By Lee Rasizer, CCA Director of Media/Public Relations
What stands out to you now that you’ve been in the President’s chair for about a year-and-a-half?
“I was lucky coming into this position that I already knew the college and its people, so I had a pretty good handle on the community. I also knew where my learning curve would be in the position. I have a lot to learn about the fiscal side of the institution, and I’m continuing to learn more about the academic side and the complexities and challenges across the college.
“But one of the things that was probably the greatest learning curve for me was my introduction to legislative issues last spring. I had never had much to do with legislators. And we are lucky in Aurora that we have a really accessible group that’s interested in what we do. But the big political picture and the level of politics that comes with being a state-funded institution was an eye-opener for me. And, going to the Capitol for meetings or, on one occasion, to testify, that was really outside of the box for me. The bills and implications for us, and, at times, the need to weigh in on things based on positions the (community college) system was taking was surprising and challenging.
“But I would say that across the time I’ve been here … my focus has been on being the best internal president I can be – to get to know faculty and staff better; to have opportunities for communication across the college; to get to student events. I always did that as vice president of Student Affairs, but I prioritized that as president.
“Over the last year-and-a-half, there was an initial honeymoon period and then you come to know what you didn’t know and it gets more complicated. And there are hard issues and hard decisions. These are not easy jobs, but they are wonderful jobs.”
Is there a certain day that you can recall saying to yourself, well, the honeymoon’s over now …
“I can’t remember a specific event, but I do remember thinking to myself, ‘O-K …’ [laughs] But what’s great about doing this job at this particular place is that it’s mostly just a great job. I believe so fully in what we do.
“I have a lot of experience in higher education. This is my fourth community college. And CCA is just special. I’ve valued every place I’ve worked, but the students here are just remarkable and they’re focused in a way that students aren’t always necessarily. … Higher education has so many things that can sidetrack folks, and in the absence of a lot of extras here – we don’t have athletics, housing, Greek life – our students are here to get an education, and I have always valued community college students, both for the diversity they bring and that idea of grit and perseverance, desire and courage. … And I believe what we do is potentially life changing.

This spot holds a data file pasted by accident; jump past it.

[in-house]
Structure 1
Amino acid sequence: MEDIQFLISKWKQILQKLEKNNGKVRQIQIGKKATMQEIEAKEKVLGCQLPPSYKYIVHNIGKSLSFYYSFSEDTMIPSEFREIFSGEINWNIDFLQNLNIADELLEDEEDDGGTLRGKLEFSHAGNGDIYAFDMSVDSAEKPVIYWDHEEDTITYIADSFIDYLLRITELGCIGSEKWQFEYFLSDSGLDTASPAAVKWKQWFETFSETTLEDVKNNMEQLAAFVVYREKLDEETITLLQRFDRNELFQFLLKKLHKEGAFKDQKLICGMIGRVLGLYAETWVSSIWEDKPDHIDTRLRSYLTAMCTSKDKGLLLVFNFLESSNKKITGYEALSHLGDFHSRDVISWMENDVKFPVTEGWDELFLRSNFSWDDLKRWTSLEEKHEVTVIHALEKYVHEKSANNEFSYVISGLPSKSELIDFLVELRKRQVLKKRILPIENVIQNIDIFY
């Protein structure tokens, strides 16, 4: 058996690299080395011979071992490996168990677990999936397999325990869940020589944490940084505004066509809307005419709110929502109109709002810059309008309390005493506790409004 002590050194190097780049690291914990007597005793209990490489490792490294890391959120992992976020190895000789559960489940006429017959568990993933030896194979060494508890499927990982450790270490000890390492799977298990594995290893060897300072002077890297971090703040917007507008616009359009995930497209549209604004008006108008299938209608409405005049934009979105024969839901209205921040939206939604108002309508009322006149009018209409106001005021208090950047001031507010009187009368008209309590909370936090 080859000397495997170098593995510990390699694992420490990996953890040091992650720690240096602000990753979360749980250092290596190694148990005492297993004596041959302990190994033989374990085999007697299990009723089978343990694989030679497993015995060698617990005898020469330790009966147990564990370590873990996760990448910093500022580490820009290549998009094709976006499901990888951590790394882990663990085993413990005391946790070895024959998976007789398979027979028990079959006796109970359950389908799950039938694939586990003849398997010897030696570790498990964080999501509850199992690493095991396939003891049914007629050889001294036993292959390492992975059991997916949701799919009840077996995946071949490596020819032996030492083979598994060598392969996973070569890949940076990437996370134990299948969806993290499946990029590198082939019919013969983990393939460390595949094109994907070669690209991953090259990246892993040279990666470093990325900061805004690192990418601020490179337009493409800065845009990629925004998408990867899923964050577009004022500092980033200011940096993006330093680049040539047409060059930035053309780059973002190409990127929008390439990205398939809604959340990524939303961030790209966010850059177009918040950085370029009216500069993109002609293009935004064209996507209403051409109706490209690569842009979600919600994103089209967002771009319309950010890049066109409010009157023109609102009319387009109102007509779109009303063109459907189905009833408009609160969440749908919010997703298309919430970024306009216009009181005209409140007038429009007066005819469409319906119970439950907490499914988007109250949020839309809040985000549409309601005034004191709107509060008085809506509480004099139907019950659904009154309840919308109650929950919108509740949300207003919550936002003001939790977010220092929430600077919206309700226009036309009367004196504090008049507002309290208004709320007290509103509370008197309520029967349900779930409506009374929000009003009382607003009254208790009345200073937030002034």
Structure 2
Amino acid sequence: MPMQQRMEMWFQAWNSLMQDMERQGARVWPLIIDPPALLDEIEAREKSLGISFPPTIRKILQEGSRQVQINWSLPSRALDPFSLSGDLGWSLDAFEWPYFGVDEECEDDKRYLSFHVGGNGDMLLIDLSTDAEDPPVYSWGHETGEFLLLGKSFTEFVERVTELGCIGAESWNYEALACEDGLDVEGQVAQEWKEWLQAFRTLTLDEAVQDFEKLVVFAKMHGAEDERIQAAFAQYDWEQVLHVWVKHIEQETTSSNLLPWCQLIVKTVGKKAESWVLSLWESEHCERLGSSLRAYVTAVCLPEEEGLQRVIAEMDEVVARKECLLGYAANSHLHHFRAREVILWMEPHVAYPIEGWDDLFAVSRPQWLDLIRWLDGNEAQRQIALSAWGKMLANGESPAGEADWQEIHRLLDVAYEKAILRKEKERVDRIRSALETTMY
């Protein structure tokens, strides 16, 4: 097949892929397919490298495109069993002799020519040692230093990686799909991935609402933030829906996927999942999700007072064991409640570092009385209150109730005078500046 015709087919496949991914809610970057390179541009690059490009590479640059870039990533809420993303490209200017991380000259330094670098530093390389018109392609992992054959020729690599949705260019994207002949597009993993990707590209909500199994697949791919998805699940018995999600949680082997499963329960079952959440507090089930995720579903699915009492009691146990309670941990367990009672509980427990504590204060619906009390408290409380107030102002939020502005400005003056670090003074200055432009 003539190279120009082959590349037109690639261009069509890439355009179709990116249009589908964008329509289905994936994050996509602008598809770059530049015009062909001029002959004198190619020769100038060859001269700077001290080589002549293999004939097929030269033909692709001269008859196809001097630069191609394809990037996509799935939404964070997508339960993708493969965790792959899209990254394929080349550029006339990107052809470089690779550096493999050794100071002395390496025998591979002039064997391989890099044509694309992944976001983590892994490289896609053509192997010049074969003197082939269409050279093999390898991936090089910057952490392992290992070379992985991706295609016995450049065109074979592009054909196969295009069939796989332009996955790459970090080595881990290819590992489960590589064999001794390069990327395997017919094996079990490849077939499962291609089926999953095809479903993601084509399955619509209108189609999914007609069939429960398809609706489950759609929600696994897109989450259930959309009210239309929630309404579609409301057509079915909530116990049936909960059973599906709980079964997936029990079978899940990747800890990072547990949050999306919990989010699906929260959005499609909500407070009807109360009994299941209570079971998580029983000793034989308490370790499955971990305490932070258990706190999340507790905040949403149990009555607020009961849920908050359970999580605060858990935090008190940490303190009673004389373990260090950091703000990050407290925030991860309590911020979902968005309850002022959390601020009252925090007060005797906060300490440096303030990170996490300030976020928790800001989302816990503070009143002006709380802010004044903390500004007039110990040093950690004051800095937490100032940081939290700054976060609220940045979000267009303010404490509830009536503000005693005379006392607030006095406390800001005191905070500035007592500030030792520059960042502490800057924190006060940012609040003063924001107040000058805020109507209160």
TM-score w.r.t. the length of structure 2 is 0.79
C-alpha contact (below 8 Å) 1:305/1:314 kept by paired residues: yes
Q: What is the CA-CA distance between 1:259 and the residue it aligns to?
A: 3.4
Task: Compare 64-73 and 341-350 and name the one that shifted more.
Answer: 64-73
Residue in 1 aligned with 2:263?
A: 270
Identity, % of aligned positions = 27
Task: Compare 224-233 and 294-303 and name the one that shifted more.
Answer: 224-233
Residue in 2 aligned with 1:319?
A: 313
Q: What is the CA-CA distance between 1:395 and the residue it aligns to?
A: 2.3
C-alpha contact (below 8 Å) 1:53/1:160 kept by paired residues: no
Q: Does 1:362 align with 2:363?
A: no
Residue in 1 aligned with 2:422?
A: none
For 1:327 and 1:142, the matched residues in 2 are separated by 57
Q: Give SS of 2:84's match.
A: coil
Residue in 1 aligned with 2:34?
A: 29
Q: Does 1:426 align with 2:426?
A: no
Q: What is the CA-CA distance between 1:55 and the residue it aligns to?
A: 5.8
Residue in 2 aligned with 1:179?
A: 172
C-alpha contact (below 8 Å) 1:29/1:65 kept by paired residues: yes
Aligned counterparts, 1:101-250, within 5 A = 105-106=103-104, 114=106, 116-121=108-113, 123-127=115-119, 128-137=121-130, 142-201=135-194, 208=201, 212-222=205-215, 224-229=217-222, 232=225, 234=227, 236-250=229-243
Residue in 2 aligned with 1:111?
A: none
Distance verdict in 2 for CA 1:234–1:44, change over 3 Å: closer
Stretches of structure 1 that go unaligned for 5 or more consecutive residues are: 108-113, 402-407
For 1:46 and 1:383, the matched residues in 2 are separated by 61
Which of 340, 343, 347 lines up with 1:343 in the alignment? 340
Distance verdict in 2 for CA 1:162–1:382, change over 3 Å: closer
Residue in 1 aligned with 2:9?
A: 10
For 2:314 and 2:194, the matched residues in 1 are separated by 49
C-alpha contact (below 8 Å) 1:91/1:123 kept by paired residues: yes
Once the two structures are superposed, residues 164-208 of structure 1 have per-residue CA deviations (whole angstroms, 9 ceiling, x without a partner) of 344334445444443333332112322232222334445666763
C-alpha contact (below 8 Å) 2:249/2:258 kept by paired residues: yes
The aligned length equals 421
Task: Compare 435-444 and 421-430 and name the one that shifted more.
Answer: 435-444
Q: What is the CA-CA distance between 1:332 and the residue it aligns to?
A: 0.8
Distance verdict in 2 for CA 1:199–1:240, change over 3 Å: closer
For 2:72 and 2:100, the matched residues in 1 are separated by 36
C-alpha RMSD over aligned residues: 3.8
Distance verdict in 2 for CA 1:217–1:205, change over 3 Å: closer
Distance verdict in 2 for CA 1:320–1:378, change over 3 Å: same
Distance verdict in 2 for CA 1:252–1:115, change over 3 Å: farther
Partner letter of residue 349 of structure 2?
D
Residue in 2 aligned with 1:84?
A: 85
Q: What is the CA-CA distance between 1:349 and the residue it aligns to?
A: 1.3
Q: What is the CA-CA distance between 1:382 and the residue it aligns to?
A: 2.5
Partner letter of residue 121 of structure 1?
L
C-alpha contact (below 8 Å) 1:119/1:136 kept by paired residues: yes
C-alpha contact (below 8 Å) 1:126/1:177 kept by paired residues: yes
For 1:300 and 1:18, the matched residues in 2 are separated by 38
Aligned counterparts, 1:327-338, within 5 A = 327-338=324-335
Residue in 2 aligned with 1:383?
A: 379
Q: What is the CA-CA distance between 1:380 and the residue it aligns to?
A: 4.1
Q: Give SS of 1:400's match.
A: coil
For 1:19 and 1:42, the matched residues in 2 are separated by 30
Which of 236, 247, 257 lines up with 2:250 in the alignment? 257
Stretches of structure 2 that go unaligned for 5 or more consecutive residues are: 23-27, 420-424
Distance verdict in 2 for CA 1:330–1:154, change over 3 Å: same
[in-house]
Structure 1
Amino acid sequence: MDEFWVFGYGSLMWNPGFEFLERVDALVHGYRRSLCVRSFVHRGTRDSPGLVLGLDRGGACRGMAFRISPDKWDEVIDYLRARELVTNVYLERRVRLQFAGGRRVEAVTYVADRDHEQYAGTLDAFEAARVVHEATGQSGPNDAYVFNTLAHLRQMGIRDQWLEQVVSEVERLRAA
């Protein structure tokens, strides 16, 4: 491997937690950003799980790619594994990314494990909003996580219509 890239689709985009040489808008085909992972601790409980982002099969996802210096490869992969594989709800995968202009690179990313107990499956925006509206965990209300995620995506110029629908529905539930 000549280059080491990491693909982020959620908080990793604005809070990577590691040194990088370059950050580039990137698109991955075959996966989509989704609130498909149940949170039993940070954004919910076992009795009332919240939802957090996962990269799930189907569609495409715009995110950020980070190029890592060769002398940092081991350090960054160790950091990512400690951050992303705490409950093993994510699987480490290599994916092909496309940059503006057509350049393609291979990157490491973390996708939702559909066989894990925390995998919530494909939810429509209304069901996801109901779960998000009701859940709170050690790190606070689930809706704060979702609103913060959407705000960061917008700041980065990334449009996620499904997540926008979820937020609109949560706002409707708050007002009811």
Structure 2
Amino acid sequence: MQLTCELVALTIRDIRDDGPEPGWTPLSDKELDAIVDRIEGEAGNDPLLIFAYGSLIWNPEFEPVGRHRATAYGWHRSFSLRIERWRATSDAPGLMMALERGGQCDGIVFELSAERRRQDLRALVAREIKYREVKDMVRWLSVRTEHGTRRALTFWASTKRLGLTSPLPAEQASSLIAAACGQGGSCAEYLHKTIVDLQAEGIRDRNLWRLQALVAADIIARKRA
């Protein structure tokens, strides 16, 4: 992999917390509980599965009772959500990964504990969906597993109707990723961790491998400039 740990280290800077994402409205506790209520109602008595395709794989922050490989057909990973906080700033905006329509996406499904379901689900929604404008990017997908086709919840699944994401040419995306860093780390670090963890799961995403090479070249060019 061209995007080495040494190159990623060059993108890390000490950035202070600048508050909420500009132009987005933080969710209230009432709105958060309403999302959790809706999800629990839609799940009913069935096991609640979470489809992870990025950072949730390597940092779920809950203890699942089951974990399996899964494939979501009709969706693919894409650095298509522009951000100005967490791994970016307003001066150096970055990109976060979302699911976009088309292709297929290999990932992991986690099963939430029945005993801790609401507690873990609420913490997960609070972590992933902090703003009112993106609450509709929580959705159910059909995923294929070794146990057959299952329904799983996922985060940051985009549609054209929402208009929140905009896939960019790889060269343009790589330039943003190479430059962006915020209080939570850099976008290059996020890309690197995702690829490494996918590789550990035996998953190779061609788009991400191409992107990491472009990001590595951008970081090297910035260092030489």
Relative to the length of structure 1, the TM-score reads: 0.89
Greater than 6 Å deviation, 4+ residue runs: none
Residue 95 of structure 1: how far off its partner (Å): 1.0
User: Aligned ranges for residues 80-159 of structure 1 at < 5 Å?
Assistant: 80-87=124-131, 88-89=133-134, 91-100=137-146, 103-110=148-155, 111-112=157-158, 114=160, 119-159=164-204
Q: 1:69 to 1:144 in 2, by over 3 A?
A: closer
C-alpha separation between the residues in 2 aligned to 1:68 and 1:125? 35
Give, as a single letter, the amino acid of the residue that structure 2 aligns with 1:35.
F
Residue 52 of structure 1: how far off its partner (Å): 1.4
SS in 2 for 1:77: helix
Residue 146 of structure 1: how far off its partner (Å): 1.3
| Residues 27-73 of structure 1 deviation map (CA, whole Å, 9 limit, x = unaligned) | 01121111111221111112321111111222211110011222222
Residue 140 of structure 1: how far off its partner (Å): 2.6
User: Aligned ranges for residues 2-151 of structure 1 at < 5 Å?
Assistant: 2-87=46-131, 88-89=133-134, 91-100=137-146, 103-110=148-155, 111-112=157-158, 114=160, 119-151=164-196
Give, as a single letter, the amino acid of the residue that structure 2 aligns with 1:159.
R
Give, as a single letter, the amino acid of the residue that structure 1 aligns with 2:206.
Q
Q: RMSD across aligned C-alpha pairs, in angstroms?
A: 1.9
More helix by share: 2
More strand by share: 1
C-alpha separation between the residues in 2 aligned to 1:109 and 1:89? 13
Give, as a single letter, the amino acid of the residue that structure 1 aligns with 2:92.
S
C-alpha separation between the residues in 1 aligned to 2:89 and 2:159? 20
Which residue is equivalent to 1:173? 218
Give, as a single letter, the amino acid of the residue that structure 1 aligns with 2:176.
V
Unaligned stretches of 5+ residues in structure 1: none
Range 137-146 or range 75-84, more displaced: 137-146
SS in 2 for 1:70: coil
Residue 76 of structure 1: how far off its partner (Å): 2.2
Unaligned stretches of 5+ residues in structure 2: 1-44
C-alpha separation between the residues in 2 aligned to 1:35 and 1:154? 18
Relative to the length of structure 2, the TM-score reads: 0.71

“Going into classes in the fall was the single-best thing I’ve done since I’ve been here. And I went, in part, because I do a lot of things that have nothing to do with our core function of teaching and learning. I hope everything I do somehow supports that, but I don’t get to see it happen very much. So when I asked the faculty if I could come visit, I got numerous invitations, and my intent was to see hands-on what was happening in our classrooms and let the faculty know I support their efforts, want to get to know them, value what they’re doing, and see them in their world.
“But what I also got to see was our students – hundreds and hundreds and hundreds. I went to 44 classes. I loved the level of engagement, effort, care, and risk-taking that I saw. It was just affirming for me, because I have a lot of pride in this college and what community colleges do in the world – the opportunities we provide and impact we have. And seeing how we do it was just great.
“Students don’t get lost here. The faculty knows their names. They use their names and engage them. Watching diverse groups of students in our classrooms work together on a project and having discussions across all those differences, and to help, talk and mentor each other, it was just an impressive experience. And it affirmed that at this particular institution that we have a lot to be proud of. I can say that with a conviction now that I probably couldn’t have a semester ago.”
What did you learn about CCA’s faculty within that process?
“I had a great undergraduate education, but it was pretty much a professor coming in and delivering the lecture, we would supposedly absorb the knowledge, and off we would go. Our faculty works so hard. It’s not just about disciplinary knowledge, which they clearly have. But they also work to challenge students and get them thinking. The flipped classrooms were fascinating. All the different tools our faculty uses and all the ways they change up their instruction, from game-based learning to different uses of technology; nobody is just walking into class and winging it.
“And what was clear to me was that they keep the classes fresh, stay current on pedagogy, teaching techniques and their knowledge. They’re courageous in turning over these classes, at times, to their students, to let them take the lead. At the same time, they have to manage the class. So the juggling of the disciplinary knowledge, technology, and managing of classroom behavior and constructing learning experiences that are valuable was impressive. …